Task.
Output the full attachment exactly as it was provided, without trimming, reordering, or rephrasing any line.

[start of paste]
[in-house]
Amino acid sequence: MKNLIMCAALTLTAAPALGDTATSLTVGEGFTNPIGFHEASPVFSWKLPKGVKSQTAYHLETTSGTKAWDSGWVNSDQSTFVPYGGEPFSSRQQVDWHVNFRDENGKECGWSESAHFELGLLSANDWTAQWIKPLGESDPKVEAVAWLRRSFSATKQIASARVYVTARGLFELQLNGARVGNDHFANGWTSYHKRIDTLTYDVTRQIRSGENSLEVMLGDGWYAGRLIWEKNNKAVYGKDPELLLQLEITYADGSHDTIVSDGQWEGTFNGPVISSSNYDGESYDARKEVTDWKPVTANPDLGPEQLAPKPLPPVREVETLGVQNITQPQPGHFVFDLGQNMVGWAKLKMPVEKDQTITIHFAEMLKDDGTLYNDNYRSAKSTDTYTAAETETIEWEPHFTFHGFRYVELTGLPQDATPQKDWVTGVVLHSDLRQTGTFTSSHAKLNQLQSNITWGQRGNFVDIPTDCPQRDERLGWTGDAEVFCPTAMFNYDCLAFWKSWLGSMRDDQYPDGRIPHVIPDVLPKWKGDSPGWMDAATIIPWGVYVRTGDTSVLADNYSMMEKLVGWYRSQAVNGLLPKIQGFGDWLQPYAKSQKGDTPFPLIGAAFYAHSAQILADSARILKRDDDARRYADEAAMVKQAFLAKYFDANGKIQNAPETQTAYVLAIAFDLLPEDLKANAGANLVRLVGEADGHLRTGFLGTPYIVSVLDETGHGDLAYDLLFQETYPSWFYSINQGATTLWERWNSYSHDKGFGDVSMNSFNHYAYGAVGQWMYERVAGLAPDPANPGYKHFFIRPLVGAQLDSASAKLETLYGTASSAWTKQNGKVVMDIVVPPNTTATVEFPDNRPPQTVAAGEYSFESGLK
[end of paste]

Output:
[in-house]
Amino acid sequence: MKNLIMCAALTLTAAPALGDTATSLTVGEGFTNPIGFHEASPVFSWKLPKGVKSQTAYHLETTSGTKAWDSGWVNSDQSTFVPYGGEPFSSRQQVDWHVNFRDENGKECGWSESAHFELGLLSANDWTAQWIKPLGESDPKVEAVAWLRRSFSATKQIASARVYVTARGLFELQLNGARVGNDHFANGWTSYHKRIDTLTYDVTRQIRSGENSLEVMLGDGWYAGRLIWEKNNKAVYGKDPELLLQLEITYADGSHDTIVSDGQWEGTFNGPVISSSNYDGESYDARKEVTDWKPVTANPDLGPEQLAPKPLPPVREVETLGVQNITQPQPGHFVFDLGQNMVGWAKLKMPVEKDQTITIHFAEMLKDDGTLYNDNYRSAKSTDTYTAAETETIEWEPHFTFHGFRYVELTGLPQDATPQKDWVTGVVLHSDLRQTGTFTSSHAKLNQLQSNITWGQRGNFVDIPTDCPQRDERLGWTGDAEVFCPTAMFNYDCLAFWKSWLGSMRDDQYPDGRIPHVIPDVLPKWKGDSPGWMDAATIIPWGVYVRTGDTSVLADNYSMMEKLVGWYRSQAVNGLLPKIQGFGDWLQPYAKSQKGDTPFPLIGAAFYAHSAQILADSARILKRDDDARRYADEAAMVKQAFLAKYFDANGKIQNAPETQTAYVLAIAFDLLPEDLKANAGANLVRLVGEADGHLRTGFLGTPYIVSVLDETGHGDLAYDLLFQETYPSWFYSINQGATTLWERWNSYSHDKGFGDVSMNSFNHYAYGAVGQWMYERVAGLAPDPANPGYKHFFIRPLVGAQLDSASAKLETLYGTASSAWTKQNGKVVMDIVVPPNTTATVEFPDNRPPQTVAAGEYSFESGLK